As the most prolific seabird in the tropical oceans and with its extraordinary habit of staying airborne for up to five years, the Sooty tern is an intriguing bird in its own right. However, it is the significant role that it has played in the culture of Easter Island, a remote territory located over 1,250-miles (2000km) off the coast of Chile, that is perhaps the most interesting fact of all about this seabird.
Easter Island and the Birdman ceremony
Easter Island is famed for the huge, monolithic moai statues that cover large parts of its territory. Archeologist who have studied the island and believe that these statues enabled the inhabitants of the island to communicate with their gods, their ancestors and Make-Make, the creator. As such, the moai played an important part in religious worship and beliefs from the initial arrival of the Polynesian settlers to the island between 500 and 800 AD until the end of the 17th-century.
But changes in the 17th and 18th-centuries, including over-harvesting, deforestation and depletion of natural resources, saw religious beliefs changing. As a result, the Birdman cult – in which the sooty tern would play a critical role – came to dominate as the island’s main religion.
The sooty tern and the Birdman ceremony
With the new Birdman religion, the inhabitants of Easter Island now ran a competition to select a new birdman or Tangata Manu each year, a position that supposedly made the winner sacred and able to communicate with the gods.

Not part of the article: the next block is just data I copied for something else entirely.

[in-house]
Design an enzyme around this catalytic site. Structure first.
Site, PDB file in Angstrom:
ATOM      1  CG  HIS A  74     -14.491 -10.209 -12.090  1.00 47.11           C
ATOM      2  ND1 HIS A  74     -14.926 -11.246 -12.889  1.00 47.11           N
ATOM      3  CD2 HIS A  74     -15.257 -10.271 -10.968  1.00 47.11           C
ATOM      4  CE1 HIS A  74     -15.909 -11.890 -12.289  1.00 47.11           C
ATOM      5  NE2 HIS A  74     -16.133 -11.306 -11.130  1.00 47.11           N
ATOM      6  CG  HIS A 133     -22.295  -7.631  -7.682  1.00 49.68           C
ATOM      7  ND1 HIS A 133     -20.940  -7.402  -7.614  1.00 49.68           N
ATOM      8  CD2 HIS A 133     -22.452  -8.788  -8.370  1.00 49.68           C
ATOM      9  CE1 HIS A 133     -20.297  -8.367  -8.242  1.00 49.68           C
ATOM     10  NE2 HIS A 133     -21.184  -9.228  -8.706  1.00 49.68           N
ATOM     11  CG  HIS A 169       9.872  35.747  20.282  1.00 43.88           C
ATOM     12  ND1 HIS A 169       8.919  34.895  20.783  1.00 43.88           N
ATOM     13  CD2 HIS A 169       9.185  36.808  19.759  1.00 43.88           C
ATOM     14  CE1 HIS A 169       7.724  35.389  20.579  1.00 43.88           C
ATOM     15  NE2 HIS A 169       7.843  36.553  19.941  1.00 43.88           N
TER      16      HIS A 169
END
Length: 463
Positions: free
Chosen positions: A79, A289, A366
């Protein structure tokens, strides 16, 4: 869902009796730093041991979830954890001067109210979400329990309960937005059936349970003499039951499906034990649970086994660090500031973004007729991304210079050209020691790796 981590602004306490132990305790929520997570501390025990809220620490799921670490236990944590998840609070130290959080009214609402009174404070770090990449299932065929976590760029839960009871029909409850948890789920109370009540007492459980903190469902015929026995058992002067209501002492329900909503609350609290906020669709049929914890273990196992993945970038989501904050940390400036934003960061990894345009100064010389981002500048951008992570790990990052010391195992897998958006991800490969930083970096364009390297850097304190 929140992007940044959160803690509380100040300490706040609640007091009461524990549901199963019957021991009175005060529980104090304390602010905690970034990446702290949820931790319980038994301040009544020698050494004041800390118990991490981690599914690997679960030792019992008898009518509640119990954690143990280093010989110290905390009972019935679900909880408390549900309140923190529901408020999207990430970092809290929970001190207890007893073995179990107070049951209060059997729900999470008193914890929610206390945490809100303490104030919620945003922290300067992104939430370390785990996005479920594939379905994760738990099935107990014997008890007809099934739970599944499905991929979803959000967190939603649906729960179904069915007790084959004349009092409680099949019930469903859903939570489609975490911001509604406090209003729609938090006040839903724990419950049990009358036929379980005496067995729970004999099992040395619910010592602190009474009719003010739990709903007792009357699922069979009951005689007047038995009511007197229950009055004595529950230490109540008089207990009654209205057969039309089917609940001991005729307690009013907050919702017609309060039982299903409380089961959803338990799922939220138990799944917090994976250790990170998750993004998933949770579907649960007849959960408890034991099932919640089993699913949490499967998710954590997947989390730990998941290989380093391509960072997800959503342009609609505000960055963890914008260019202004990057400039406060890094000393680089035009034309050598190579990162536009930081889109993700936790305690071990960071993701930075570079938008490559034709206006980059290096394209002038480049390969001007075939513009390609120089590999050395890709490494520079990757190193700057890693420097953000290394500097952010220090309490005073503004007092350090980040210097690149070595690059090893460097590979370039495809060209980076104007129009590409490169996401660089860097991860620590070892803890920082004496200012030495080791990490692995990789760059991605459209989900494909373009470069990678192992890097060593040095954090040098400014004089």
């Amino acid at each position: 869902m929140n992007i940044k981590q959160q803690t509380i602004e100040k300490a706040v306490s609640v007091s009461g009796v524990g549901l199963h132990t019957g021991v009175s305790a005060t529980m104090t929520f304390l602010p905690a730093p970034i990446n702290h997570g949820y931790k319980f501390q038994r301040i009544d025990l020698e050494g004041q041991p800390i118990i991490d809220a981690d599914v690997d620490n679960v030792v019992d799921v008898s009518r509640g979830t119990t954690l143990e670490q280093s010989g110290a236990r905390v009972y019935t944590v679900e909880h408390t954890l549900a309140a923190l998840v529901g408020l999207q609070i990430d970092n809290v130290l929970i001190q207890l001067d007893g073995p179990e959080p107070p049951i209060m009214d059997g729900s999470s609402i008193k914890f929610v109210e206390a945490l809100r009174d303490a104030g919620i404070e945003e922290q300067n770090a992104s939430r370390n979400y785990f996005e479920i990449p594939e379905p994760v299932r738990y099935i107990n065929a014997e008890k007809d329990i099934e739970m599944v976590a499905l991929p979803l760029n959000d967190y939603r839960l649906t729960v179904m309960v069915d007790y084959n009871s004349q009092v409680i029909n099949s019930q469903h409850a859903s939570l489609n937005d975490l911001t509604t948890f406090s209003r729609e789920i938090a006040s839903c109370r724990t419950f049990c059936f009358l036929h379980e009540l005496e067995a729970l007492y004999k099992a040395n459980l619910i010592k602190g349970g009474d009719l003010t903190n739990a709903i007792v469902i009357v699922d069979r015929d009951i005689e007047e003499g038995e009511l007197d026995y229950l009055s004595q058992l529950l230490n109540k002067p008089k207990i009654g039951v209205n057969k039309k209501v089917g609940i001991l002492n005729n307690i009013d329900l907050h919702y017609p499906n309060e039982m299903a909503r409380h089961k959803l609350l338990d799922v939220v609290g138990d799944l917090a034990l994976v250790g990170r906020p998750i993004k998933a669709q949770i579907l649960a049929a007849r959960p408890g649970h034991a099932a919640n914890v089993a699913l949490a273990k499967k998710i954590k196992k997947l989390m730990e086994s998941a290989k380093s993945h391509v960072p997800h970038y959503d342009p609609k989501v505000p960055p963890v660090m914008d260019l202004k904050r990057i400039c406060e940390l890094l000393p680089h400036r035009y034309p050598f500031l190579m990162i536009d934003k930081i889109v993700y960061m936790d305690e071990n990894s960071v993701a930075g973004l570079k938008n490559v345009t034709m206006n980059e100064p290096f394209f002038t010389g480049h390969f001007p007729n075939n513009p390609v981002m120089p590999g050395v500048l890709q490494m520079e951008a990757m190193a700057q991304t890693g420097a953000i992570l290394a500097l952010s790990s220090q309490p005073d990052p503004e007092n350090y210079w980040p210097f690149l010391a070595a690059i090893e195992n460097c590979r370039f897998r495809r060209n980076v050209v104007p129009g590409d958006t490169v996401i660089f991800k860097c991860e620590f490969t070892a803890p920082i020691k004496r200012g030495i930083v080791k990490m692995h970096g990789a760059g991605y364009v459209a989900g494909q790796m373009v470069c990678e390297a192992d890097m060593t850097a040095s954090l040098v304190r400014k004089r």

This yearly competition only allowed the chiefs of the various kin groups on the island to compete. Their goal was to lay their hands on the first sooty tern egg of the year, which could be found on the island of Motu Nui, around 1.2-miles (2km) from Orongo on the south western shore of Easter Island.
However, these chiefs would not personally swim through shark-infested and exceptionally dangerous waters on a ‘pora’ (a raft made of reeds) to lay claim to the first sooty tern egg of the season. No, they would send a hopu or representative to do the job for them. This person would settle into a cave on the island to wait for the first egg to be laid, during which the chiefs and the rest of the population would hold ritual dances and prayer ceremonies.
Whichever of the hopus got the first sooty tern egg would then signal across to those assembled on Orongo, thus naming the new birdman. The hopu would need to return to the main island with the egg intact before the winner was formally confirmed.
The prizes of finding the first sooty tern egg of the year
Following his designation as the new birdman, the winner would shave his hair off and paint his head red before moving to live in seclusion for a year in a house in Rano Raraku or Anakena.
But it was the birdman’s family who would reap the rewards of his victory through a series of privileges and honors. His family and kin would acquire a higher social status, allowing them better access to the island’s declining natural resources and the capacity to have a greater degree of control over the fractitious clan groups who continued to fight for authority on the island.
The decline of the Birdman cult
This competition continued annually until the 1860s, with historians believing it to have been stifled by the Christian missionaries who settled on the island in that century. Other events, such as the kidnapping of thousands of islanders by the Peruvians to work as slaves in the mines and the smallpox epidemic that left the population in 1877 at a mere 111 people, may also have played a part in the decline of this religion and the importance of the sooty tern